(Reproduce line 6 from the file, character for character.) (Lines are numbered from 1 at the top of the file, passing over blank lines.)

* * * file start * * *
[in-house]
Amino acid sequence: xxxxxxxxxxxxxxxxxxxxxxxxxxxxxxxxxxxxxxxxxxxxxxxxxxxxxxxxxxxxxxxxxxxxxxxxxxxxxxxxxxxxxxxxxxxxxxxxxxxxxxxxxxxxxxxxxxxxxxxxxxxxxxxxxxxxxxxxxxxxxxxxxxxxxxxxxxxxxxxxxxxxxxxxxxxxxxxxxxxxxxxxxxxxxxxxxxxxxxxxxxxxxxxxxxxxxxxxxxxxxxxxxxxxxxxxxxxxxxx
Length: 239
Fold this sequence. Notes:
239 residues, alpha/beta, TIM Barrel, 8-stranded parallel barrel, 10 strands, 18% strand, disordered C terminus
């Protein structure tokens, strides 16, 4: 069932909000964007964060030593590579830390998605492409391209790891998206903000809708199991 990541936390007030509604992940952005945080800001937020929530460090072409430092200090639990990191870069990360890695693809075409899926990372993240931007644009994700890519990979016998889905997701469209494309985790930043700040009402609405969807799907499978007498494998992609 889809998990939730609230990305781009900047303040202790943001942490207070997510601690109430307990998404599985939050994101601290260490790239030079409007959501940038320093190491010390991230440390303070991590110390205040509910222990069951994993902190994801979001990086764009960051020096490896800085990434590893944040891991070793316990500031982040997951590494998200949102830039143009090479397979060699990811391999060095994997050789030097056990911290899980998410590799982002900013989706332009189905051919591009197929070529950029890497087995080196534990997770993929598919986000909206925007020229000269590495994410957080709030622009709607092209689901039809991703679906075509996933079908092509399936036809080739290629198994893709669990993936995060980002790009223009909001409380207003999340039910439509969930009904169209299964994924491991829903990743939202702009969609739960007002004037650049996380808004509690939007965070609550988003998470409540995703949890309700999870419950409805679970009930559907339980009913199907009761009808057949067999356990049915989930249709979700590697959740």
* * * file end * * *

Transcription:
């Protein structure tokens, strides 16, 4: 069932909000964007964060030593590579830390998605492409391209790891998206903000809708199991 990541936390007030509604992940952005945080800001937020929530460090072409430092200090639990990191870069990360890695693809075409899926990372993240931007644009994700890519990979016998889905997701469209494309985790930043700040009402609405969807799907499978007498494998992609 889809998990939730609230990305781009900047303040202790943001942490207070997510601690109430307990998404599985939050994101601290260490790239030079409007959501940038320093190491010390991230440390303070991590110390205040509910222990069951994993902190994801979001990086764009960051020096490896800085990434590893944040891991070793316990500031982040997951590494998200949102830039143009090479397979060699990811391999060095994997050789030097056990911290899980998410590799982002900013989706332009189905051919591009197929070529950029890497087995080196534990997770993929598919986000909206925007020229000269590495994410957080709030622009709607092209689901039809991703679906075509996933079908092509399936036809080739290629198994893709669990993936995060980002790009223009909001409380207003999340039910439509969930009904169209299964994924491991829903990743939202702009969609739960007002004037650049996380808004509690939007965070609550988003998470409540995703949890309700999870419950409805679970009930559907339980009913199907009761009808057949067999356990049915989930249709979700590697959740």